Arab theater staff to quit if ‘terror’ play pulled
Employees of Haifa’s al-Midan Theater give two-day ultimatum after new CEO says controversial play may be canceled
The staff of a Haifa theater that staged a controversial play highlighting the life a convicted terrorist announced Tuesday they would collectively resign if the new CEO fails to retract remarks he made indicating he may pull the production.
Earlier on Tuesday, al-Midan Theater’s freshly appointed CEO, Ghassan Abu Warda, formerly the theater’s legal adviser, said he does not rule out pulling “A Parallel Time,” a play based on the life of an Arab-Israeli terrorist who abducted and killed an IDF soldier, from the theater’s repertoire.
Following the remarks, the theater’s employees demanded Abu Warda release a press statement clarifying his stance, and called on the theater’s board to convene an emergency meeting to discuss their demands no later than Thursday, or they will submit their resignations.
“We inform, to the extent that his declarations are correct and not distorted, that we will not continue to be part of al-Midan Theater as long as Mr. Abu Warda remains in his post,” the statement read.
“We will not agree to have our image and the theater’s values tarnished, and we demand that the attack on al-Midan be treated as a political persecution of Palestinian culture and artists.”
They added that they would stage a production of “A Parallel Time” in protest of Abu Warda’s statements, “and to make it clear that freedom of speech and creativity cannot be censored.”
In an interview with Channel 20 marking his first day on the job, Abu Warda said he intends to make significant changes in order “stabilize the theater and make it a place of culture once again.”
“It shouldn’t be a place for politics. We are tax-paying citizens of Israel, and proud to be part of the system,” apparently referring to the Arab citizens of Israel.
Abu Warda also spoke favorably of Culture Minister Miri Regev, who froze state funding for al-Midan last month over the play, sparking a conflict between herself and Israeli artists, many of whom have publicly accused the new minister of seeking to limit freedom of expression in the country by denying public funds to productions deemed too controversial.
“I definitely regard her and the Ministry of Culture as an important component in supporting Arab culture in Israel,” Abu Warda said, adding that he would gladly meet her and invite her to the theater.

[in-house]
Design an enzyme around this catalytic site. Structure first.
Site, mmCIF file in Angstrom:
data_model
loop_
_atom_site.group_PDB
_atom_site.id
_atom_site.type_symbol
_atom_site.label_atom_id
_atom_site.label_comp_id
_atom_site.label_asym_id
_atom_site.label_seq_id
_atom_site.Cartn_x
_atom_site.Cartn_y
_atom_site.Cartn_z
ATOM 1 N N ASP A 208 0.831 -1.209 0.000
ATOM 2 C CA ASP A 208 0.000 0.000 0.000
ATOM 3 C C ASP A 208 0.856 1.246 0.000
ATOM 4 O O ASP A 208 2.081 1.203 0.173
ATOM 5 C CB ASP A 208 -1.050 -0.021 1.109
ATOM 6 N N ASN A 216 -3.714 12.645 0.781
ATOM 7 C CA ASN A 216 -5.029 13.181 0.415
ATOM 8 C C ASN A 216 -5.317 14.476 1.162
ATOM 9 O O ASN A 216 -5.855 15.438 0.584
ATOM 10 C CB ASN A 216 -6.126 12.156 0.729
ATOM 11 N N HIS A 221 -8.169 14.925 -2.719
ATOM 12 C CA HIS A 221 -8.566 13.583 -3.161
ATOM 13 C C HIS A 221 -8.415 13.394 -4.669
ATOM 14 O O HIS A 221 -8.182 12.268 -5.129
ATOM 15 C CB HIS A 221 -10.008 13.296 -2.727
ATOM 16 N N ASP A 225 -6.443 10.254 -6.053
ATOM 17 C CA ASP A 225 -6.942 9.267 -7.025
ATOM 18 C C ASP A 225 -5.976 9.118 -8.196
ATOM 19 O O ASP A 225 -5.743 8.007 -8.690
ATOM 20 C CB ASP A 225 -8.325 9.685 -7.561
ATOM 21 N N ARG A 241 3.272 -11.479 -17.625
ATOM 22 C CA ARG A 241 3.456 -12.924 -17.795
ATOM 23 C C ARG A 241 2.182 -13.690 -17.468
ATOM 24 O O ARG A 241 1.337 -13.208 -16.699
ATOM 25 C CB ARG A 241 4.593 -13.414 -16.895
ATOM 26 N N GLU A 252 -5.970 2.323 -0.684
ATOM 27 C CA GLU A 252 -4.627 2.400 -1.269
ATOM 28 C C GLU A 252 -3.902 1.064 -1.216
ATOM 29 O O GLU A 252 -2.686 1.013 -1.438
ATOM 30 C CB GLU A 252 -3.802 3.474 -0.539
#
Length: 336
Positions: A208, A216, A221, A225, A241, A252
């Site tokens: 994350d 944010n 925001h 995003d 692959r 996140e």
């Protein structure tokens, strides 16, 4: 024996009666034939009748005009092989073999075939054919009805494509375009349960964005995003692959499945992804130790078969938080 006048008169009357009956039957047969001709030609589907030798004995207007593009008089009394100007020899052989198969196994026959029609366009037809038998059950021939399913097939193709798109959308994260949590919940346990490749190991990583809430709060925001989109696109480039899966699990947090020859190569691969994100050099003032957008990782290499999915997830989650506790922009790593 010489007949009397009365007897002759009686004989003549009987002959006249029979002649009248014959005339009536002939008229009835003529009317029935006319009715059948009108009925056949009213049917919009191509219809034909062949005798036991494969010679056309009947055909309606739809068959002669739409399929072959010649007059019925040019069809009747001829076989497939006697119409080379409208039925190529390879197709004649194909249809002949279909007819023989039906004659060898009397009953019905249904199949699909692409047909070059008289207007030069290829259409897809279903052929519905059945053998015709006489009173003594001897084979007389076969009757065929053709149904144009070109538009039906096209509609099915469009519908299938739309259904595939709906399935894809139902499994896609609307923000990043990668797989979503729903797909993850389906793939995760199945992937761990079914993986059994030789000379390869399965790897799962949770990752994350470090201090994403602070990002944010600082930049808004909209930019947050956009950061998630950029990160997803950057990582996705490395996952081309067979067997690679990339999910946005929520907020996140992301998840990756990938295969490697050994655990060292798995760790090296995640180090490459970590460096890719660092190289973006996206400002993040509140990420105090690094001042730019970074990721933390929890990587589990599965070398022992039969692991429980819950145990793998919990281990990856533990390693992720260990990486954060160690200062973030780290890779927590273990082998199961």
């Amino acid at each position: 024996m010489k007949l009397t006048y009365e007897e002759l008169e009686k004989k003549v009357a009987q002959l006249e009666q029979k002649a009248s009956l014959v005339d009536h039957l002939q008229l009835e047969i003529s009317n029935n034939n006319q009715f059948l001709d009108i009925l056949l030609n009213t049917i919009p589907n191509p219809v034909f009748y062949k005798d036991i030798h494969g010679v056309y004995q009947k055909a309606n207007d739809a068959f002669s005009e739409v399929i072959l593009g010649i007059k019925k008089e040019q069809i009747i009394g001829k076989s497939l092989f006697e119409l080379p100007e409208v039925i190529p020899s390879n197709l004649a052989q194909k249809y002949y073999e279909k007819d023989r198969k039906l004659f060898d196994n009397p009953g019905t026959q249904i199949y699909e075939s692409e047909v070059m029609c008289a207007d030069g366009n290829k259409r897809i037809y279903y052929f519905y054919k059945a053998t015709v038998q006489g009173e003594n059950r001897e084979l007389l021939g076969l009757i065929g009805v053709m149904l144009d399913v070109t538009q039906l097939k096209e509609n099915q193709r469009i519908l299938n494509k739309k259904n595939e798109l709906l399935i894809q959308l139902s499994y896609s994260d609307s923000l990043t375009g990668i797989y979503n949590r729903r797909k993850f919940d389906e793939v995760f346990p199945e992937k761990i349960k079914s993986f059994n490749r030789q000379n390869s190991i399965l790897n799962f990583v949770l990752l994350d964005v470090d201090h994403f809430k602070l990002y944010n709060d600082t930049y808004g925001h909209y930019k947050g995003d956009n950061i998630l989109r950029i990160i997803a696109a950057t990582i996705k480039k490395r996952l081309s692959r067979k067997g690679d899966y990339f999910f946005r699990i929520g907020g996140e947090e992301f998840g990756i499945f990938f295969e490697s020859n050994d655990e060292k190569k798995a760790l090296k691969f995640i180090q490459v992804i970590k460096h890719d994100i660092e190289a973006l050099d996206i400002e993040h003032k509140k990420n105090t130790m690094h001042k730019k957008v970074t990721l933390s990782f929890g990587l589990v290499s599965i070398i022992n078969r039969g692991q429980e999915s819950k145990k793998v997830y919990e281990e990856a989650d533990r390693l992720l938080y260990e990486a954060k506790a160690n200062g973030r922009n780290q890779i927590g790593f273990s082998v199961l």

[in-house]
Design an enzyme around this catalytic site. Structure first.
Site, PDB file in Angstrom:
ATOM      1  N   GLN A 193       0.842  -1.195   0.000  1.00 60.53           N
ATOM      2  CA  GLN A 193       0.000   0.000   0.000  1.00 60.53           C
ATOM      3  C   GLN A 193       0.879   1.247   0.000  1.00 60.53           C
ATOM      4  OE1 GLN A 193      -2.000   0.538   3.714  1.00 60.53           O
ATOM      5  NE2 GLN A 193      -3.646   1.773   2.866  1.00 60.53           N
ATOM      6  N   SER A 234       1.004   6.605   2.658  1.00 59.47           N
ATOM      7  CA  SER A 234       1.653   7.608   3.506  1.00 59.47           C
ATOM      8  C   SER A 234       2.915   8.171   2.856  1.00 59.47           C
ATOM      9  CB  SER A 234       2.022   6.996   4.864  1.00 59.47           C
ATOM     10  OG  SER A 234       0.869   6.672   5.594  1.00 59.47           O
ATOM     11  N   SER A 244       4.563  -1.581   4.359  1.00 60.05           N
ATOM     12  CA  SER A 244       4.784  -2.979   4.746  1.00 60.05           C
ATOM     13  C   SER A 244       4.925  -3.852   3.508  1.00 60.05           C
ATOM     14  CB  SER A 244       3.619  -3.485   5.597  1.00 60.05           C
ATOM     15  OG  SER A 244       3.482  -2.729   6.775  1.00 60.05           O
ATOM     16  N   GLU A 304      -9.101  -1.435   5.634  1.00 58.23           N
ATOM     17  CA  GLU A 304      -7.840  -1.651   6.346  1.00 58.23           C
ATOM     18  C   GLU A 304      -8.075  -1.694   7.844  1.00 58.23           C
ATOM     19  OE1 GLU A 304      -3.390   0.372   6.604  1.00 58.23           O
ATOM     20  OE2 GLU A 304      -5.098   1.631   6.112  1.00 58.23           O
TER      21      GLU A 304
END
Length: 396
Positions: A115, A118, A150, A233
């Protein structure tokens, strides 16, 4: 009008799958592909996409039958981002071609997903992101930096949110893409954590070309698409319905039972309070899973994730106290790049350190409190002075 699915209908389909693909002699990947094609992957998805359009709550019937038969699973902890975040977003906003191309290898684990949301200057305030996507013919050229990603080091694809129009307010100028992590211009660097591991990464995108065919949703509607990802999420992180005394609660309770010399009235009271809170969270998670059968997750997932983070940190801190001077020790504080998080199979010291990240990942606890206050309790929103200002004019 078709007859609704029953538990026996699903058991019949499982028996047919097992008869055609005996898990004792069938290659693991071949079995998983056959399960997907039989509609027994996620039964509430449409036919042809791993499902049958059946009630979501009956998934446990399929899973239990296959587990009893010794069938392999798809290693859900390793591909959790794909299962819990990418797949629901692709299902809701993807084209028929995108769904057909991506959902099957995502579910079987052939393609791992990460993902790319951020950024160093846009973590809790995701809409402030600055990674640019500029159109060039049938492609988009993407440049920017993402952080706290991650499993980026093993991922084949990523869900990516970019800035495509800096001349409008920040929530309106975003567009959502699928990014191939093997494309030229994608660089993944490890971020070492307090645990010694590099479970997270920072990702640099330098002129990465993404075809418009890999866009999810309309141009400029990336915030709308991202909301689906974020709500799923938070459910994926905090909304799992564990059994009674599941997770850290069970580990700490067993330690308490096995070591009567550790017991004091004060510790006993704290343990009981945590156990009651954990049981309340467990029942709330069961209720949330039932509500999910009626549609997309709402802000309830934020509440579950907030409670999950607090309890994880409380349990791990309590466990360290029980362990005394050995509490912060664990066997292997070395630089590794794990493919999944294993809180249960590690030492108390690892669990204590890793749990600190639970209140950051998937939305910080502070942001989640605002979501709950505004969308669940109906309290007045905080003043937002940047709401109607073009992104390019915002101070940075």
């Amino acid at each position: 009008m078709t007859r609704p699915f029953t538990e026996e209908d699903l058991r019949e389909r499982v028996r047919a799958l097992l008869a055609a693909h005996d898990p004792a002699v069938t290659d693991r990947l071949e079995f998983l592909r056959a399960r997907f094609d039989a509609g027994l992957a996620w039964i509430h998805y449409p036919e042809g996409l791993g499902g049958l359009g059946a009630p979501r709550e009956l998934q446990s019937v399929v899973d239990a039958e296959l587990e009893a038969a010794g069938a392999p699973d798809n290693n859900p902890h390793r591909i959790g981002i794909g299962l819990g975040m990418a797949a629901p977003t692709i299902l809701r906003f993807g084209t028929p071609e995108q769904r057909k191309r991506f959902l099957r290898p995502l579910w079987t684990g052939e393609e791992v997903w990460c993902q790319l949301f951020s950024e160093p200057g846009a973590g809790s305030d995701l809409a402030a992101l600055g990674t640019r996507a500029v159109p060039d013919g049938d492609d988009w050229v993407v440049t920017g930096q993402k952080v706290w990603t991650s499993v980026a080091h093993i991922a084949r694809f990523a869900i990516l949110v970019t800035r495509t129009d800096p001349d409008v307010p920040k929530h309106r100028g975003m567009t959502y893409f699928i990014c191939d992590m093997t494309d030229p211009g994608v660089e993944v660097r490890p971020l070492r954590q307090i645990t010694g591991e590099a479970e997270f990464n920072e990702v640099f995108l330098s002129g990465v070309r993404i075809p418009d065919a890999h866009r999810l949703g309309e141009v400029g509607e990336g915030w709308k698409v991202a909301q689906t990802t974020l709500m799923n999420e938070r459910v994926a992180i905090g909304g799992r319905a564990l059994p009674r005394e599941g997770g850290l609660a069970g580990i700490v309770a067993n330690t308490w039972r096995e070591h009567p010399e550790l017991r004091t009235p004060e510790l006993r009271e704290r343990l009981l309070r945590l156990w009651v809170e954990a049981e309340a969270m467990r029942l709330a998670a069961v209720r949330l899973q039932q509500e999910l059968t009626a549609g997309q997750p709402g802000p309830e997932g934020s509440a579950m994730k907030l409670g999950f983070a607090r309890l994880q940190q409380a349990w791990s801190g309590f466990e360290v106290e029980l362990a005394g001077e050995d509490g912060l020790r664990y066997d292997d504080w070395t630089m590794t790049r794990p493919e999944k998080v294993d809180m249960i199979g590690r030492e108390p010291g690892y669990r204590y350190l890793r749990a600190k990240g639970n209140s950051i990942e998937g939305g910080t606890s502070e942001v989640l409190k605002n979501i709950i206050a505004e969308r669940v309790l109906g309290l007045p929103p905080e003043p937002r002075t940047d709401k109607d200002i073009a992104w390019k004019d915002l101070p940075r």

Regev has defended her decision to withdraw the theater’s funding, saying the issue at hand was not freedom of expression but the state’s right to spend public funds as the public saw fit.
Since entering her position, Regev led several controversial moves against what she deemed “unpatriotic” productions, drawing the ire of many artists and politicians in what the Israeli media dubbed a “culture war.”
Al-Midan’s production of “A Parallel Time” documents a day in the life of a Palestinian prisoner, said to be based on a fictionalized version of terrorist Walid Daka, an Arab Israeli man who is serving a life sentence for abducting and murdering Israeli soldier Moshe Tamam in 1984.
In May, a confrontation between Tamam’s family and the play’s actors outside the theater prompted the Haifa municipality to suspend NIS 1.2 million ($300,000) in annual funding from the theater and set up the municipal panel of inquiry to evaluate the content of the play.
But last week, Haifa Mayor Yona Yahav accepted the recommendations of a review panel and decided to cease withholding funding from the theater.
In 1999, Daka made headlines after he became the first Palestinian prisoner permitted to wed while incarcerated, and for his protracted legal battle for a conjugal furlough.
The play mainly focuses on Daka’s wedding, his efforts to construct a new jail cell and his fellow prisoners’ attempts to smuggle in materials to build him an oud for a wedding present.
The al-Midan management and the play’s director have maintained the play was simply a fictionalized account of the day-to-day activities of Palestinian prisoners in Israeli jails, and does not address, nor glorify, acts of terror.
The Tamam family, however, says the play seeks to generate sympathy for their son’s killer. They have spearheaded the recent efforts to have the play banned and to deny public funding to the theater.
Times of Israel Staff contributed to this report.